One interpretation of ‘to carry on business’ might be that the entity must have a physical place of business in Trinidad and Tobago and sell, through that business, goods or service with a degree of regularity to persons in the country. In the age of digital selling, it is not clear however whether a physical place of business is necessary to fall within the ‘carrying on business’ expression. If it is not necessary, what then will determine that a corporation carries on business in Trinidad and Tobago? This is just one example where clarity would be welcome. To ensure that businesses (both local and international) can compete and thrive, it is essential that businesses understand what is required of them and that legislation, regulations and guidelines be clear and unambiguous. The Guidelines are a good start to achieving Parliament’s intent but there is still some way to go to make the legislation meaningful and effective without unduly hampering business. Stakeholders should take advantage of the opportunities to comment on the draft Guidelines to help bring the clarity.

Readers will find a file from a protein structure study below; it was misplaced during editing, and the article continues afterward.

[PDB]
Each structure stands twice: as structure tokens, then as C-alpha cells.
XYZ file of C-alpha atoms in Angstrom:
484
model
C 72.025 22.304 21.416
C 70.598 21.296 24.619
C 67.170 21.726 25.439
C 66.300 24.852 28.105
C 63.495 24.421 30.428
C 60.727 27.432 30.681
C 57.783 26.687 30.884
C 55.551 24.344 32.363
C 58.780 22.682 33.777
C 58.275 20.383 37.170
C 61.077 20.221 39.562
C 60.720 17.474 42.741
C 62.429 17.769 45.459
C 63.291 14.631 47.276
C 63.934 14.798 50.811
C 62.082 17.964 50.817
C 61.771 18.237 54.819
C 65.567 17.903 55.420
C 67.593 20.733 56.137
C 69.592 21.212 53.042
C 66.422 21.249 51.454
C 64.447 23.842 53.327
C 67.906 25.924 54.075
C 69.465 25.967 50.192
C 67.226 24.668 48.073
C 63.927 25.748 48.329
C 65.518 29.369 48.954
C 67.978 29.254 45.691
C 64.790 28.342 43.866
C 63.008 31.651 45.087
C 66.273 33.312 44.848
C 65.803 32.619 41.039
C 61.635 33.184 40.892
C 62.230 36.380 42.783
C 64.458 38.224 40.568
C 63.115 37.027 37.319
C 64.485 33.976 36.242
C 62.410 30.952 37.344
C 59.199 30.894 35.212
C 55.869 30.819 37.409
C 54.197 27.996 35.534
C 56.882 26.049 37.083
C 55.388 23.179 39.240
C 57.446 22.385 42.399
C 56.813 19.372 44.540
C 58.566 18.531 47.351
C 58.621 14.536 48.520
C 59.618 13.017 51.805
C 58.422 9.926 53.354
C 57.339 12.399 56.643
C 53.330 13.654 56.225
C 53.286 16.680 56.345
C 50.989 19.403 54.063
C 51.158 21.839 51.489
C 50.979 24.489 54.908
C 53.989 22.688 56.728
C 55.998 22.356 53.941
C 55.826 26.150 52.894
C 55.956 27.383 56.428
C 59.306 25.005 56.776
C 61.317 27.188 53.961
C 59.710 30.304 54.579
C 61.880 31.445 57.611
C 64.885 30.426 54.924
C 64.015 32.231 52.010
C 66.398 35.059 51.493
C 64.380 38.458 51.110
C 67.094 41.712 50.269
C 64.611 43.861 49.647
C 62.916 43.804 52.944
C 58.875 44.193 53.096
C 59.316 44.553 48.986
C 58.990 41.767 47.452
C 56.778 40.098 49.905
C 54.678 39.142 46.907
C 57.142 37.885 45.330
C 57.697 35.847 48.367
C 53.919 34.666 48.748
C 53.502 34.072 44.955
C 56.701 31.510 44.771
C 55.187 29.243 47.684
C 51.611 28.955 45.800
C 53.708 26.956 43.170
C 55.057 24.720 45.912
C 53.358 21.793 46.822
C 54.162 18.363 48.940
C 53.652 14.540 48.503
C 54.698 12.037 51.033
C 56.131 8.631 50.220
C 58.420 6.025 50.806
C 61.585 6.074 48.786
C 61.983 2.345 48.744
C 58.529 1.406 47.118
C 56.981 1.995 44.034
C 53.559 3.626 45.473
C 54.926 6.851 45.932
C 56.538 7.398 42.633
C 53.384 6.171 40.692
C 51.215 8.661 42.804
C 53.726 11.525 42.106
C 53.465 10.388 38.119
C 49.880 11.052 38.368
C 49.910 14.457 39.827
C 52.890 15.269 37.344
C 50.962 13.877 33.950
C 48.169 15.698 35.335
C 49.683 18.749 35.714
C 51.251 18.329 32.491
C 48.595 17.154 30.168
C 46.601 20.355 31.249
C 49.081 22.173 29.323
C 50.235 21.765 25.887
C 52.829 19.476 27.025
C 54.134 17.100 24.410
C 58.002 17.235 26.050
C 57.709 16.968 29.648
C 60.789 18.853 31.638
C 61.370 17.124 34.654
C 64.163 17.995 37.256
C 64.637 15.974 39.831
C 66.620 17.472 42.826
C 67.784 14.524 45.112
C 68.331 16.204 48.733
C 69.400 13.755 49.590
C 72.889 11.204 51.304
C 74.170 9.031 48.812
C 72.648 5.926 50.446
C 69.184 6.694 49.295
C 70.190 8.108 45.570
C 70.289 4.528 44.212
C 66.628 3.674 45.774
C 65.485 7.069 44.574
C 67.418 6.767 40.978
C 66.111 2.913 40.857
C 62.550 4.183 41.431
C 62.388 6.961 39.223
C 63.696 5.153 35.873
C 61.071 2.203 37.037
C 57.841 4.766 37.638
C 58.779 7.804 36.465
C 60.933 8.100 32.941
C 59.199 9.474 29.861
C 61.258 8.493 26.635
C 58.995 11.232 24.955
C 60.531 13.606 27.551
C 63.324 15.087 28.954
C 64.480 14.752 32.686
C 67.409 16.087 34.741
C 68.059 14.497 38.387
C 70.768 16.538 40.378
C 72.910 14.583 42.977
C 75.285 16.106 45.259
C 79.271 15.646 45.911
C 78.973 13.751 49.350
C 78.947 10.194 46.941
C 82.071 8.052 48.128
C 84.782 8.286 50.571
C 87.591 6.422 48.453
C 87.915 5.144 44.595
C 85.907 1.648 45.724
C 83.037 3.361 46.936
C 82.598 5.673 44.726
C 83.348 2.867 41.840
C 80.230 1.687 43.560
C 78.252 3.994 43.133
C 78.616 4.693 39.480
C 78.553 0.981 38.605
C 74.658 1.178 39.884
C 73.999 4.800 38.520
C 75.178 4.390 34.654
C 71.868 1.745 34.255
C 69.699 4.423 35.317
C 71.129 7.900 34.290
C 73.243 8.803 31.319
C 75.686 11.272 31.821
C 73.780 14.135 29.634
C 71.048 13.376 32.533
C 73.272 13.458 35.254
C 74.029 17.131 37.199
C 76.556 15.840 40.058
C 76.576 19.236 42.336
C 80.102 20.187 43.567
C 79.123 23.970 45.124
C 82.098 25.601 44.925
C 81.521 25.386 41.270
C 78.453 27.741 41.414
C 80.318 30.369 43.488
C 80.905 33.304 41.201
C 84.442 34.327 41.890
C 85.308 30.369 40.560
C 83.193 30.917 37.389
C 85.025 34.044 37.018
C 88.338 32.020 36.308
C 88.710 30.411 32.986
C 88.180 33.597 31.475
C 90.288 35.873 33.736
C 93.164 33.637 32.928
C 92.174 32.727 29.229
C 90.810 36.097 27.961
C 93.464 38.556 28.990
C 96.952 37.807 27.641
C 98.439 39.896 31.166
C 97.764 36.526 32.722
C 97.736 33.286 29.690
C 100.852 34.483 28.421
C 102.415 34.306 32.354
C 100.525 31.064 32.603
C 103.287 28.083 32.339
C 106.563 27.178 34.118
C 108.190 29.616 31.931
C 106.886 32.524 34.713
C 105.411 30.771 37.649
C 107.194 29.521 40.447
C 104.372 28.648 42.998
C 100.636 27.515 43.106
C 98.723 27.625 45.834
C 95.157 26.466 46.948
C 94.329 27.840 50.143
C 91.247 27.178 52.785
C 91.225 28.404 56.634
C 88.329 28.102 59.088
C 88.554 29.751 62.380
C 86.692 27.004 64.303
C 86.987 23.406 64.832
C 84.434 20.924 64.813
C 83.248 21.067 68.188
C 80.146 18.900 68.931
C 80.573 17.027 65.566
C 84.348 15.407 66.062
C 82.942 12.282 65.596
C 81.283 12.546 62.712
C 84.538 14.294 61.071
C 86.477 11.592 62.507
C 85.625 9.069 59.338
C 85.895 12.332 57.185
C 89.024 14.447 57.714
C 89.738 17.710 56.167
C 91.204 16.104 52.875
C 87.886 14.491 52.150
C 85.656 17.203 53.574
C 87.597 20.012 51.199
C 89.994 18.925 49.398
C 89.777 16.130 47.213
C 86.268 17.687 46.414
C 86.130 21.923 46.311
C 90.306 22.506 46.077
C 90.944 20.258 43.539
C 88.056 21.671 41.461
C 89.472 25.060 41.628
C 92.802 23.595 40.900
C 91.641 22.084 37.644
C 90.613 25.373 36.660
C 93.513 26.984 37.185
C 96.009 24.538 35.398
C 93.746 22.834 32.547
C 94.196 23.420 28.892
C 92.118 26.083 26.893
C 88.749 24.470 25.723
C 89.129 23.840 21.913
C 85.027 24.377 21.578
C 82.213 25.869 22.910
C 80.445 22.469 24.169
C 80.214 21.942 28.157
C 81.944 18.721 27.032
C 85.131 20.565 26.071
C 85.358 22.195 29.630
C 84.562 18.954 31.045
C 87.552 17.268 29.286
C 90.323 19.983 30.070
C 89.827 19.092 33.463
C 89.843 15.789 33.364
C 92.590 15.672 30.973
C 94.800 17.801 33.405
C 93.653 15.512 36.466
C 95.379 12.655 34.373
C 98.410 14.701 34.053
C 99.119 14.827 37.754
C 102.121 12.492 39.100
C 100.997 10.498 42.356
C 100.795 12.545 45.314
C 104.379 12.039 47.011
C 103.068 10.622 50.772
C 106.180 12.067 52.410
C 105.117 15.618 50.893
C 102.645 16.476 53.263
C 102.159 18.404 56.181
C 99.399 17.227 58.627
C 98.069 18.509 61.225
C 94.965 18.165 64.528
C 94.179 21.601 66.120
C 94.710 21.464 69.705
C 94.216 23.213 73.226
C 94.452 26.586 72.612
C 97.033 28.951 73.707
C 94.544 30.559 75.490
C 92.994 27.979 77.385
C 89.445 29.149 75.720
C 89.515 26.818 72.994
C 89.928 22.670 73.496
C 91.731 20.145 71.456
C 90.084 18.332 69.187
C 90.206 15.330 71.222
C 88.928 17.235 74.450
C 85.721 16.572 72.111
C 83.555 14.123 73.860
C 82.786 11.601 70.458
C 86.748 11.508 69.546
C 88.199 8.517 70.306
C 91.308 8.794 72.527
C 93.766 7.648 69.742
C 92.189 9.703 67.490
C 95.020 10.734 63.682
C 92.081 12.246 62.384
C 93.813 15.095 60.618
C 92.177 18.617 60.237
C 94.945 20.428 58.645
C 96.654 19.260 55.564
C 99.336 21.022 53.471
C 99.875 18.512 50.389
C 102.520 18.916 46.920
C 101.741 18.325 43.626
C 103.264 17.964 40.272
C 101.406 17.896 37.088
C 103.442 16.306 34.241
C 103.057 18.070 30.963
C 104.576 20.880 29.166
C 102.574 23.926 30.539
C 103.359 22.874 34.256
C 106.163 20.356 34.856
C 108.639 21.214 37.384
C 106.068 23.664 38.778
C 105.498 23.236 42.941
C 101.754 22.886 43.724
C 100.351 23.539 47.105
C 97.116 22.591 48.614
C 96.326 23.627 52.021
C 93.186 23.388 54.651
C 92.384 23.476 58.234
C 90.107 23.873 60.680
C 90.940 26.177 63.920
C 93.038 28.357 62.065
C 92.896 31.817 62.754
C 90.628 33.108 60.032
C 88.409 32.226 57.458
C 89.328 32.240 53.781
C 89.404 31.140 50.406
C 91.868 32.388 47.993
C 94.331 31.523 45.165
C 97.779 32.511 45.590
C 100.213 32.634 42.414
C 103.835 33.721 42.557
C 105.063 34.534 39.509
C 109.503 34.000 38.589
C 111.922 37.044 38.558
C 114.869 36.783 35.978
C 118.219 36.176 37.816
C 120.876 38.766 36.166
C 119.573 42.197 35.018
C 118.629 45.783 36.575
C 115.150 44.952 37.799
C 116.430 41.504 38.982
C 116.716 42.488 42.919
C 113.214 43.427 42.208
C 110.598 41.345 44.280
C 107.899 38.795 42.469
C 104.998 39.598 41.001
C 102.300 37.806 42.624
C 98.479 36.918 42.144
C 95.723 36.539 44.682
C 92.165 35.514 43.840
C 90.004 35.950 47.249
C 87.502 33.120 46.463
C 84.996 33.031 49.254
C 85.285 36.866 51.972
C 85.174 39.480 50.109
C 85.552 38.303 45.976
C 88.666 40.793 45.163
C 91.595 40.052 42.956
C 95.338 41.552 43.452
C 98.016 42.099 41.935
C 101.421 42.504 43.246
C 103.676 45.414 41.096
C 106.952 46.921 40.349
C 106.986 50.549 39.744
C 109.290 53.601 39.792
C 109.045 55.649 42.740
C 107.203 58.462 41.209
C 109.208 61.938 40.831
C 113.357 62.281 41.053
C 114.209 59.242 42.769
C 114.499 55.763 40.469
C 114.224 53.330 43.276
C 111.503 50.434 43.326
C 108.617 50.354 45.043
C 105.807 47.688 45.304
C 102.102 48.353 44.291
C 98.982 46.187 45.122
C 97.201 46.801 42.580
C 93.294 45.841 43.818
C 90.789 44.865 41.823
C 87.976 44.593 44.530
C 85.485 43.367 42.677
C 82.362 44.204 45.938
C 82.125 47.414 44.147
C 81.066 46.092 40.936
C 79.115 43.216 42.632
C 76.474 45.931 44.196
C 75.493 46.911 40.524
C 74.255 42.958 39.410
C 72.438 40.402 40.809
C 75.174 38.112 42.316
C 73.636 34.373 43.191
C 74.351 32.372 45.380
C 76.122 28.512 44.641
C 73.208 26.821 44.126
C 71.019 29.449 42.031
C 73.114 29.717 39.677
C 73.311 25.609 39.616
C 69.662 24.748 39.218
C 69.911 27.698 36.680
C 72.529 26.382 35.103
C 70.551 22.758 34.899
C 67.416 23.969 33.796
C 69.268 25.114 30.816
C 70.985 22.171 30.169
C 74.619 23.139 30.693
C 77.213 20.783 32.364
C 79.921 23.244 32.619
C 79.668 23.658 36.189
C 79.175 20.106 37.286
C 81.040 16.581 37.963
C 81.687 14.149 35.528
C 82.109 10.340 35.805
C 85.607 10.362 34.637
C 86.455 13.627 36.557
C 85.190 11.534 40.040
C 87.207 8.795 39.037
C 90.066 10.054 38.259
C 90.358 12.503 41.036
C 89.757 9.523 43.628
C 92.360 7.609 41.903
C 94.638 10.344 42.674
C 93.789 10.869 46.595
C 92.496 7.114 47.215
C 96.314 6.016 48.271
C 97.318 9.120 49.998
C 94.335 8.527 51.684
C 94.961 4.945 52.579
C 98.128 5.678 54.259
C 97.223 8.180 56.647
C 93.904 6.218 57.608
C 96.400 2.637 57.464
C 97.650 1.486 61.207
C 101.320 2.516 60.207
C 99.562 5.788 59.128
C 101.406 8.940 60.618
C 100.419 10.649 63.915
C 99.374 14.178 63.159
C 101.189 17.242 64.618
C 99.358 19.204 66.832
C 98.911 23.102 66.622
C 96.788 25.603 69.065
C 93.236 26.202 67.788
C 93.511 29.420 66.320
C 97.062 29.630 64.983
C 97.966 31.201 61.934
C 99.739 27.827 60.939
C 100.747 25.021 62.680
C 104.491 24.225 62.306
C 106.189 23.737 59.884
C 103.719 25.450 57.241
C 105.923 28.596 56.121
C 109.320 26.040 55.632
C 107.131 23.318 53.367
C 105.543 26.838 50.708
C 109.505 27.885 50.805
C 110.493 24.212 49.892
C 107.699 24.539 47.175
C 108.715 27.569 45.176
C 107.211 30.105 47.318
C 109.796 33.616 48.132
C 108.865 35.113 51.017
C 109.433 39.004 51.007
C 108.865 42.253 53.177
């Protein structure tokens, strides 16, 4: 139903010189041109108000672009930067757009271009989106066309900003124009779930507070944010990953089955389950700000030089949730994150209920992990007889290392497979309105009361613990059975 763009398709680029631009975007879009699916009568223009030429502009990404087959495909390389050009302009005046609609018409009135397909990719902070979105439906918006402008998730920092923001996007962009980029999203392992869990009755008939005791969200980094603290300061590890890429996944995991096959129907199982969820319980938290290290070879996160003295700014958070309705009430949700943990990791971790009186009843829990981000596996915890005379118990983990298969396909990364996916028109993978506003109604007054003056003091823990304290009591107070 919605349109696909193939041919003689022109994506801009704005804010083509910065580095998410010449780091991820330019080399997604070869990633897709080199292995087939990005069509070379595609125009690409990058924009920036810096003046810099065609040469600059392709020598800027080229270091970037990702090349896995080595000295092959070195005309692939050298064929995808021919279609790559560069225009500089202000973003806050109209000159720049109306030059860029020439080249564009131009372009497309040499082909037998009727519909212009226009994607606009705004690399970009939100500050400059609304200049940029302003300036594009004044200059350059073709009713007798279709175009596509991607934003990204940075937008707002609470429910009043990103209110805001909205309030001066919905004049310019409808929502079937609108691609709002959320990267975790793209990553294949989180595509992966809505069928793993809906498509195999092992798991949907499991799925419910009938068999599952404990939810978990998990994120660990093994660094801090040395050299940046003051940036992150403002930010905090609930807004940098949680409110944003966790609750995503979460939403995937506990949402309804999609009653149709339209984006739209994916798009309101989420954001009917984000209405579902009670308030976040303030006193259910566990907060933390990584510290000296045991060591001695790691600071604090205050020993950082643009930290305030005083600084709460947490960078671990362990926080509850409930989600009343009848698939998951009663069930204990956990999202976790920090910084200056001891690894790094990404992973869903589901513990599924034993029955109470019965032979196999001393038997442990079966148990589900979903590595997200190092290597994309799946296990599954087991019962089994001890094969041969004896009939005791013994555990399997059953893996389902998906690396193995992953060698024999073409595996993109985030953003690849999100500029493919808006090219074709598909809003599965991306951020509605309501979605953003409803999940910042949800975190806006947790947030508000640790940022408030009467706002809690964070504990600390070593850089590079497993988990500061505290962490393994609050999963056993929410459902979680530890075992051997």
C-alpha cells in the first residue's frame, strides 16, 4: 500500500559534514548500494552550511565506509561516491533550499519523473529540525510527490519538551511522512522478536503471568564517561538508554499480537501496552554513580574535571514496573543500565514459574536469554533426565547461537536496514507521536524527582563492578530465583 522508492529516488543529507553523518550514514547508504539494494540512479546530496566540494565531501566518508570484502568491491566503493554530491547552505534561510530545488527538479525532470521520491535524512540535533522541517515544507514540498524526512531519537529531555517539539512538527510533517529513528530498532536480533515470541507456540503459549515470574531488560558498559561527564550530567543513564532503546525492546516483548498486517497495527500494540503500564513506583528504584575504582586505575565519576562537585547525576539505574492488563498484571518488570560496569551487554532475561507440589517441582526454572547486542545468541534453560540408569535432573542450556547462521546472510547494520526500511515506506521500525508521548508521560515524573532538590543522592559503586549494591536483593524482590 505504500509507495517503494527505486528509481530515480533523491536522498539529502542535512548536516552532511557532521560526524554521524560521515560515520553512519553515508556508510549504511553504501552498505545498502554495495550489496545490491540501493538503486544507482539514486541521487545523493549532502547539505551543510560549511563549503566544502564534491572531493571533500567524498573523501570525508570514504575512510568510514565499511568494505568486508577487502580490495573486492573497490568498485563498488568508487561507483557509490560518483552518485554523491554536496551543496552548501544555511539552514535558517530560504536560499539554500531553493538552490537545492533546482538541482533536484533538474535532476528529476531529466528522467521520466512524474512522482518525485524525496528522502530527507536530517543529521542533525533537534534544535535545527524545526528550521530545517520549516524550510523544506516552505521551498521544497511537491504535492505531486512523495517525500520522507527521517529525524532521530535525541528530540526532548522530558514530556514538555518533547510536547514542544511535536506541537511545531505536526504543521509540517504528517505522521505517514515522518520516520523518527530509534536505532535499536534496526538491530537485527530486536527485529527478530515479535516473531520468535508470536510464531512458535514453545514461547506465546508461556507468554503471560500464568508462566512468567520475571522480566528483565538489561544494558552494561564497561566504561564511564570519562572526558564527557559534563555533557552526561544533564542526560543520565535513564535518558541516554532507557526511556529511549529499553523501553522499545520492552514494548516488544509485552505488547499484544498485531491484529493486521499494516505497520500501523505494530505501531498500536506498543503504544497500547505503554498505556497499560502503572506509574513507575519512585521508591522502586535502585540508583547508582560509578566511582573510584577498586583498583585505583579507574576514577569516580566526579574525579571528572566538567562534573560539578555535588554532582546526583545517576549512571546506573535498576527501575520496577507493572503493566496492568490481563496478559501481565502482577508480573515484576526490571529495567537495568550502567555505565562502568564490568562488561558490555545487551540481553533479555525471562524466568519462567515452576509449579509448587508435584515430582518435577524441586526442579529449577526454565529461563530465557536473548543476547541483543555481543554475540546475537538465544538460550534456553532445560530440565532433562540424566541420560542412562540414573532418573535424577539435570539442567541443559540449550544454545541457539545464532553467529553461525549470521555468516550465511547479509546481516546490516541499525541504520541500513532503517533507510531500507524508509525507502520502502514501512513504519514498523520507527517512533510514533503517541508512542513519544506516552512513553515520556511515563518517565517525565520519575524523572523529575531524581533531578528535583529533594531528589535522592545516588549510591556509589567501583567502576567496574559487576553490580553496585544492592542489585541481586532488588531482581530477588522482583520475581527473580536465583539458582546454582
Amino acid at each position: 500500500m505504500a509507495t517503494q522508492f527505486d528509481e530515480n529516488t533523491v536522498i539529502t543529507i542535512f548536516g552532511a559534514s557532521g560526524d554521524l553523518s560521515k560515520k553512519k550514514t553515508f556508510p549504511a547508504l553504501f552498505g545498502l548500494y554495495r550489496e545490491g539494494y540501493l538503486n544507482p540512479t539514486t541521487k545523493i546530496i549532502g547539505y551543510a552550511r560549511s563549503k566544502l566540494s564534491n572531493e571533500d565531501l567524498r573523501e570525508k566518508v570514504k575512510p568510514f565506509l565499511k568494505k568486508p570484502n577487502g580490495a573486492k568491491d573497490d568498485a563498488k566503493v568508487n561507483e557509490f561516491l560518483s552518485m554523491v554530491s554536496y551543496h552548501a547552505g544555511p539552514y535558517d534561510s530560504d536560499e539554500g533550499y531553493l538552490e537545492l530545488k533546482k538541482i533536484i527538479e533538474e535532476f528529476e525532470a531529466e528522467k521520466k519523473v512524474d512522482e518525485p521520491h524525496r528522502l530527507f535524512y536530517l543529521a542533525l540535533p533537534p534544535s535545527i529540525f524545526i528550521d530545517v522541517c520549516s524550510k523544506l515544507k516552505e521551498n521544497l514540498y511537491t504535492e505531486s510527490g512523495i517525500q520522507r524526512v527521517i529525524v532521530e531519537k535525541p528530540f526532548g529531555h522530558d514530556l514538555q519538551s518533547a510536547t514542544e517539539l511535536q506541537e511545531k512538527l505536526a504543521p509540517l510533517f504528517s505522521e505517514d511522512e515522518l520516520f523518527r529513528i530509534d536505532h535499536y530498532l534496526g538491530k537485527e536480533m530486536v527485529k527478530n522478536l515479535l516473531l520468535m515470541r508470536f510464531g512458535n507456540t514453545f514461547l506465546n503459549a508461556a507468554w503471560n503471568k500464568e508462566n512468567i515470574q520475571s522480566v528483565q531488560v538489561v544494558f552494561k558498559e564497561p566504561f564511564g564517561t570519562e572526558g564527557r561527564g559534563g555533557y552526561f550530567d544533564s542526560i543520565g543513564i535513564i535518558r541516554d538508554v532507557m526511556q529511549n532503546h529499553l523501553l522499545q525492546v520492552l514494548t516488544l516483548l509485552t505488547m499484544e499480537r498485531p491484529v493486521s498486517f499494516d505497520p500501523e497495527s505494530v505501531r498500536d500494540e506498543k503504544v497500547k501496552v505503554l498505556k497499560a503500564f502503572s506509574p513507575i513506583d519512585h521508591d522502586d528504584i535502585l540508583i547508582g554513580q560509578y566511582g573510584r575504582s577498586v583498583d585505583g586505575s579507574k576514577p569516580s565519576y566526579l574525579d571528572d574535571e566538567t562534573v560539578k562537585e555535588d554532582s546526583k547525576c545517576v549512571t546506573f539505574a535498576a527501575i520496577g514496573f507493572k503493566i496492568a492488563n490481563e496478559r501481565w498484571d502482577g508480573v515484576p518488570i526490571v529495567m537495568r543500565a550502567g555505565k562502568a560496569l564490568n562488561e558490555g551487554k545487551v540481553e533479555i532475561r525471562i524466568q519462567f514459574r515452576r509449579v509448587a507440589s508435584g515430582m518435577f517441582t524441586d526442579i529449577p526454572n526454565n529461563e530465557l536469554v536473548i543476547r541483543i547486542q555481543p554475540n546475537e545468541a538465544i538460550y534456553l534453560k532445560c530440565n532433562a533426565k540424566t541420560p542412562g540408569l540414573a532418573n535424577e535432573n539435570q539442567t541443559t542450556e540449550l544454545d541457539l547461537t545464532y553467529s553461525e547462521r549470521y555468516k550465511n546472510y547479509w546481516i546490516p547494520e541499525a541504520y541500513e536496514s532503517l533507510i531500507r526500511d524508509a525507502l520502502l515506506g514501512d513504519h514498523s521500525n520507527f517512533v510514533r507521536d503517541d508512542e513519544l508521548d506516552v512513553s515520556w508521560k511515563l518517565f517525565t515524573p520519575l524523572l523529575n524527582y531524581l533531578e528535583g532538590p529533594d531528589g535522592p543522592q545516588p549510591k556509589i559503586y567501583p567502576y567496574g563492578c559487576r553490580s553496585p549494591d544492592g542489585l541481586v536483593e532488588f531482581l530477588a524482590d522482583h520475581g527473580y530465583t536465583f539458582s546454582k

The Guidelines provide for wide-ranging information to be submitted in relation to the nature of the relevant business conducted, including ‘the general product or geographic market’. The Guidelines also invite the submission by merging parties of a detailed description of the product/service including its end users as well as information on the location of each facility that manufactures any relevant product/ service. Will a corporation be deemed to be ‘carrying on business’ because it sells in products in Trinidad and Tobago or because it manufactures here? If a company manufactures products in Trinidad and Tobago but exports all such products, would such a company be having an impact on competition within the country? Companies would no doubt find some comfort if the expression ‘to carry on business’ could be clearly defined in the Guidelines or amendments to the FTA.